The dragonhunter is a very large clubtail dragonfly, the only member of the genus Hagenius. As its name suggests, the fast and formidable flier hunts dragonflies. It has a straight, deliberate flight with ample perching. The flight season of the insect is April to October.

Scientific Classification

  • Class:Insecta
  • Order:Odonata
  • Suborder:Anisoptera
  • Family:Gomphidae
  • Subfamily:Hageniinae
  • Genus:Hagenius
  • Species:H. brevistylus

Conservation Status

Not EvaluatedNE

Not Evaluated

Data DeficientDD

Data Deficient

Least ConcernLC

Least Concern

Near ThreatenedNT

Near Threatened





Critically EndangeredCR

Critically Endangered

Extinct in the wildEW

Extinct in the wild



Description and Identification

Hagenius brevistylus

At 3.3 inches (84 mm), the dragonhunter is bigger than any North American clubtail. It has black and yellow markings on its body and green eyes. The head is small compared to its massive body. The males can be identified from a distance by their characteristic curling of abdomens, forming a sideways ‘J’ shape while flying.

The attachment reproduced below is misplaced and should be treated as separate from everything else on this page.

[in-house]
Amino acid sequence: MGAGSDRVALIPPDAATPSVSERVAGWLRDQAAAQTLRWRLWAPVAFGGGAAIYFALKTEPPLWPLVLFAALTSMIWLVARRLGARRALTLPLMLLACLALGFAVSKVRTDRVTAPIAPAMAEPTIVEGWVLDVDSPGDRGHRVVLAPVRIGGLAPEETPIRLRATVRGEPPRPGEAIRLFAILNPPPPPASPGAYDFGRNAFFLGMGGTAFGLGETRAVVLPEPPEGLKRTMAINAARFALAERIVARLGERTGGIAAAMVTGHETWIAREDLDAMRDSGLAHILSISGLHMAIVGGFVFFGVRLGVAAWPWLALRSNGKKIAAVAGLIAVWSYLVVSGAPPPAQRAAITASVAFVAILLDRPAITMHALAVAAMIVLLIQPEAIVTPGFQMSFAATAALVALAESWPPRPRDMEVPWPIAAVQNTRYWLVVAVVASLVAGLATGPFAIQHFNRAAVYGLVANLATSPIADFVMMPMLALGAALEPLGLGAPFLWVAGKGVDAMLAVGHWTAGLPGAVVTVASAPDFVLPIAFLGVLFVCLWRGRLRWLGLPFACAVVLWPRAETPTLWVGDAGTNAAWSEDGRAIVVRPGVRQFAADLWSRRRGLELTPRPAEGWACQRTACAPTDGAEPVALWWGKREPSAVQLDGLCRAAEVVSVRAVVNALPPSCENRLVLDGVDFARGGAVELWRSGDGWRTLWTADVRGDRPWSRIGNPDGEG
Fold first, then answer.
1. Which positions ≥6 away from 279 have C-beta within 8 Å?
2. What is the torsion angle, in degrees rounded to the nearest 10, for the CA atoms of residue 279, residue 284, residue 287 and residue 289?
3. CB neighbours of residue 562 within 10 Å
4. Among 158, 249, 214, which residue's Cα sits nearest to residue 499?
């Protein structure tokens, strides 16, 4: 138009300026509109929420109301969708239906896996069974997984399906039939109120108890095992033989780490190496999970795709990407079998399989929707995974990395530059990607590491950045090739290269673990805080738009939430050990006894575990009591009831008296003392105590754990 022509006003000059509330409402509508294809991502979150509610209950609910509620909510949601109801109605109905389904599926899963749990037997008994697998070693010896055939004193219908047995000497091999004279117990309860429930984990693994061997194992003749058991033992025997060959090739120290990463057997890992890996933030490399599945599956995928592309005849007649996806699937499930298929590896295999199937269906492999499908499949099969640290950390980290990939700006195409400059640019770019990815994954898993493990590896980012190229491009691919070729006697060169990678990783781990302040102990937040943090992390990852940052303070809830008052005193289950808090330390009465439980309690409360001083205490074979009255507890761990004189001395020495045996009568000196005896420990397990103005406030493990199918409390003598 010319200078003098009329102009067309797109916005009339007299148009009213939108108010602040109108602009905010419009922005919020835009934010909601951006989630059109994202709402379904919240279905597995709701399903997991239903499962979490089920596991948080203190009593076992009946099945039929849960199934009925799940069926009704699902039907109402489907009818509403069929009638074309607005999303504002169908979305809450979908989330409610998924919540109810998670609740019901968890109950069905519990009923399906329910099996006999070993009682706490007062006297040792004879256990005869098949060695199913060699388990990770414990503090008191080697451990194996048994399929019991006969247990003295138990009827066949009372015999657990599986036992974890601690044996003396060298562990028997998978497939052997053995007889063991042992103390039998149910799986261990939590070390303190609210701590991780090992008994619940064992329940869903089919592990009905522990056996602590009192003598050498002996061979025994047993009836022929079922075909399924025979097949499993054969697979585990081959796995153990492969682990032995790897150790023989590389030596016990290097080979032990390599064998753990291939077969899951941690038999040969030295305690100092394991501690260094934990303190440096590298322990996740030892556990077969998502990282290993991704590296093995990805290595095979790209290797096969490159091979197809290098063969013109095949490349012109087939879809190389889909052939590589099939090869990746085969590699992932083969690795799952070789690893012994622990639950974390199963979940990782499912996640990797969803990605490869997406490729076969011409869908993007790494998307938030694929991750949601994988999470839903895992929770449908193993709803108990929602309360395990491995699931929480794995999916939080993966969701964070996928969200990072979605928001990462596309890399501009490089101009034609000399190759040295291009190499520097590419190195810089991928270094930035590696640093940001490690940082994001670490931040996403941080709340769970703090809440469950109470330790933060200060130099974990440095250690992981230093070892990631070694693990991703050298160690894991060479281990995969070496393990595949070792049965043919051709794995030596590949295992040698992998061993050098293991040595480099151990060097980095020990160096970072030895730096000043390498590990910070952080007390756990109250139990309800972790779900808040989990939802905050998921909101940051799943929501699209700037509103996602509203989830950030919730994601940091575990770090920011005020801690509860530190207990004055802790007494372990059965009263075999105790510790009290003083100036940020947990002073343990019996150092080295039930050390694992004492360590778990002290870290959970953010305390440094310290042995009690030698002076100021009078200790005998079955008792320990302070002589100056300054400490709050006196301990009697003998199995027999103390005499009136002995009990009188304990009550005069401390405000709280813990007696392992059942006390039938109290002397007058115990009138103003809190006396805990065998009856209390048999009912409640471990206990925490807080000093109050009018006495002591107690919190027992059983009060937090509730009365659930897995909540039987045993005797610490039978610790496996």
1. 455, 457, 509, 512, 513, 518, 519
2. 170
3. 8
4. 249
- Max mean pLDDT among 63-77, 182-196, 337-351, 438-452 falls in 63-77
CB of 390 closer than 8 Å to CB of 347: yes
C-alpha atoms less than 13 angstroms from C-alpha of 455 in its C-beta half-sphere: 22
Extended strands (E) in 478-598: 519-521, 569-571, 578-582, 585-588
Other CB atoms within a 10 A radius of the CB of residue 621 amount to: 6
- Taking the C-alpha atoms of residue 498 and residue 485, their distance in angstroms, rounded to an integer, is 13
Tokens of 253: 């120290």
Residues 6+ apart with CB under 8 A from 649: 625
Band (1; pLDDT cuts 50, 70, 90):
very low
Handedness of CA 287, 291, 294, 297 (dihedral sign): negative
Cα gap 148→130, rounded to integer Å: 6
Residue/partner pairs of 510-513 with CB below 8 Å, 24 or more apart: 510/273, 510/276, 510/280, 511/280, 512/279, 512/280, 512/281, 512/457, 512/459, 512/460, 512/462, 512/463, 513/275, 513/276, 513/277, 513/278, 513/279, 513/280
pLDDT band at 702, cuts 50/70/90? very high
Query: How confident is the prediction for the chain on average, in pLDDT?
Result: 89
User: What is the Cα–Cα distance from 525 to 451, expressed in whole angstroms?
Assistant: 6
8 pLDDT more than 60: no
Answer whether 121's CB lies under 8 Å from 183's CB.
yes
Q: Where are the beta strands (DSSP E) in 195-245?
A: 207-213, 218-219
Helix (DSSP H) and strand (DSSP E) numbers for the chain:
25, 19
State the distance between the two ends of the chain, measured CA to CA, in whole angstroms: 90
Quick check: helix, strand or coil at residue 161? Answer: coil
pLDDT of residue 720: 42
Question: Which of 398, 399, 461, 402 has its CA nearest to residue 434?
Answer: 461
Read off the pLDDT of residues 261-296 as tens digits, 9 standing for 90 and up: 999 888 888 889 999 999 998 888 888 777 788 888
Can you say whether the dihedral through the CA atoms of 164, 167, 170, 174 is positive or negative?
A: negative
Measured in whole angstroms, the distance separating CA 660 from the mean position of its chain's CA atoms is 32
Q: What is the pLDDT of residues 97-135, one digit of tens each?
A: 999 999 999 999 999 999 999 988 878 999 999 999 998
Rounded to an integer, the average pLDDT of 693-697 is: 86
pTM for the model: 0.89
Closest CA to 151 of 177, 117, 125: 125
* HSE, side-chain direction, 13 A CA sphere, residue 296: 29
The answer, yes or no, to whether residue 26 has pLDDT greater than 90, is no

Distribution: Eastern United States and southeastern Canada.

Habitat: Sunny river and stream edges.                                  

Dragonhunter Image

Do They Bite/Sting: No.

Lifespan: 3 months.

Predators: Spiders, ants, raccoons, frogs and toads, birds, and shrews.

Behavior and Characteristics

Dragonhunter Dragonfly


Darner and clubtail dragonflies form its food. It sometimes ambushes its prey from above. It also eats monarch butterflies feeding on their thorax and abdomen first, avoiding the parts with the highest toxin concentrations.

Life Cycle

1. Egg Stage

The eggs are laid in late summer. They may undergo hibernation or diapause to hatch in spring.

2. Nymph Stage

The unusual-looking nymph has a very flat and wide body. It moves slowly and lives among leaf litter and bark at the edges of streams, where it remains camouflaged owing to its dark color. Once fully developed after 4-7 years, they molt into their winged adult form.

3. Adult Stage

The males are territorial, which helps showcase their ownership of suitable egg-laying sites to the females. They mate as many times as possible in summer. The species doesn’t offer parental care.


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